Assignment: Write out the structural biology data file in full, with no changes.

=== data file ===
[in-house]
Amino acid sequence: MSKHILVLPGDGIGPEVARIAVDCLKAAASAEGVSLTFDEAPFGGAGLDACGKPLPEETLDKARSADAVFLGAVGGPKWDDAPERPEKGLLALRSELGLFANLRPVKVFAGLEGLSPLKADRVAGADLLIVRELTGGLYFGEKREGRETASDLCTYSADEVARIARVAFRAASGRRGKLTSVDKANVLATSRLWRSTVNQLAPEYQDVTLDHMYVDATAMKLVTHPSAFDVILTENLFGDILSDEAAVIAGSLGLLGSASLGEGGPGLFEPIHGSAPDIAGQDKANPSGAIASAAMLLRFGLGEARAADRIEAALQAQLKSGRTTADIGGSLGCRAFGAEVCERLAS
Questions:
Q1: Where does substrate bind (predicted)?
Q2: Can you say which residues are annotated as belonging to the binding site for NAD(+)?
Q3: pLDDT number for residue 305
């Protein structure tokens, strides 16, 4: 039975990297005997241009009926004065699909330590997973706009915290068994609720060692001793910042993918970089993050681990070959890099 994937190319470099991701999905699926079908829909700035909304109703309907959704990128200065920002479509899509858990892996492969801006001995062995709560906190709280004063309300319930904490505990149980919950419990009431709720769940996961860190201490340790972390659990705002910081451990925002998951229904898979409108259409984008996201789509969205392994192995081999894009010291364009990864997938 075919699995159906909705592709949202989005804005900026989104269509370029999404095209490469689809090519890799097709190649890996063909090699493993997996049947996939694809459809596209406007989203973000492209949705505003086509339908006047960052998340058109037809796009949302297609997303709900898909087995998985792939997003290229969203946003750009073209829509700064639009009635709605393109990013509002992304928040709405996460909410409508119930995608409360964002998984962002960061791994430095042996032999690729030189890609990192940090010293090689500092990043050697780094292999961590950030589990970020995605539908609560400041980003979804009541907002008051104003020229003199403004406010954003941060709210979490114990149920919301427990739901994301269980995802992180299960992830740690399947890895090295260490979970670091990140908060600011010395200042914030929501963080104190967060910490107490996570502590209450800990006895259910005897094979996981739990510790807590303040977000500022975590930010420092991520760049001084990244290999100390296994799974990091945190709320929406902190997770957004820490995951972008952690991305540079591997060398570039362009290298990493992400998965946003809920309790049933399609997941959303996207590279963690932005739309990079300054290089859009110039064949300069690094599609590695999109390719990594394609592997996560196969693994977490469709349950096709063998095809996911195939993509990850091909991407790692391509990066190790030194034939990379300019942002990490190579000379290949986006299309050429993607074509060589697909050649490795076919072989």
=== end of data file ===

[in-house]
Amino acid sequence: MSKHILVLPGDGIGPEVARIAVDCLKAAASAEGVSLTFDEAPFGGAGLDACGKPLPEETLDKARSADAVFLGAVGGPKWDDAPERPEKGLLALRSELGLFANLRPVKVFAGLEGLSPLKADRVAGADLLIVRELTGGLYFGEKREGRETASDLCTYSADEVARIARVAFRAASGRRGKLTSVDKANVLATSRLWRSTVNQLAPEYQDVTLDHMYVDATAMKLVTHPSAFDVILTENLFGDILSDEAAVIAGSLGLLGSASLGEGGPGLFEPIHGSAPDIAGQDKANPSGAIASAAMLLRFGLGEARAADRIEAALQAQLKSGRTTADIGGSLGCRAFGAEVCERLAS
Questions:
Q1: Where does substrate bind (predicted)?
Q2: Can you say which residues are annotated as belonging to the binding site for NAD(+)?
Q3: pLDDT number for residue 305
């Protein structure tokens, strides 16, 4: 039975990297005997241009009926004065699909330590997973706009915290068994609720060692001793910042993918970089993050681990070959890099 994937190319470099991701999905699926079908829909700035909304109703309907959704990128200065920002479509899509858990892996492969801006001995062995709560906190709280004063309300319930904490505990149980919950419990009431709720769940996961860190201490340790972390659990705002910081451990925002998951229904898979409108259409984008996201789509969205392994192995081999894009010291364009990864997938 075919699995159906909705592709949202989005804005900026989104269509370029999404095209490469689809090519890799097709190649890996063909090699493993997996049947996939694809459809596209406007989203973000492209949705505003086509339908006047960052998340058109037809796009949302297609997303709900898909087995998985792939997003290229969203946003750009073209829509700064639009009635709605393109990013509002992304928040709405996460909410409508119930995608409360964002998984962002960061791994430095042996032999690729030189890609990192940090010293090689500092990043050697780094292999961590950030589990970020995605539908609560400041980003979804009541907002008051104003020229003199403004406010954003941060709210979490114990149920919301427990739901994301269980995802992180299960992830740690399947890895090295260490979970670091990140908060600011010395200042914030929501963080104190967060910490107490996570502590209450800990006895259910005897094979996981739990510790807590303040977000500022975590930010420092991520760049001084990244290999100390296994799974990091945190709320929406902190997770957004820490995951972008952690991305540079591997060398570039362009290298990493992400998965946003809920309790049933399609997941959303996207590279963690932005739309990079300054290089859009110039064949300069690094599609590695999109390719990594394609592997996560196969693994977490469709349950096709063998095809996911195939993509990850091909991407790692391509990066190790030194034939990379300019942002990490190579000379290949986006299309050429993607074509060589697909050649490795076919072989």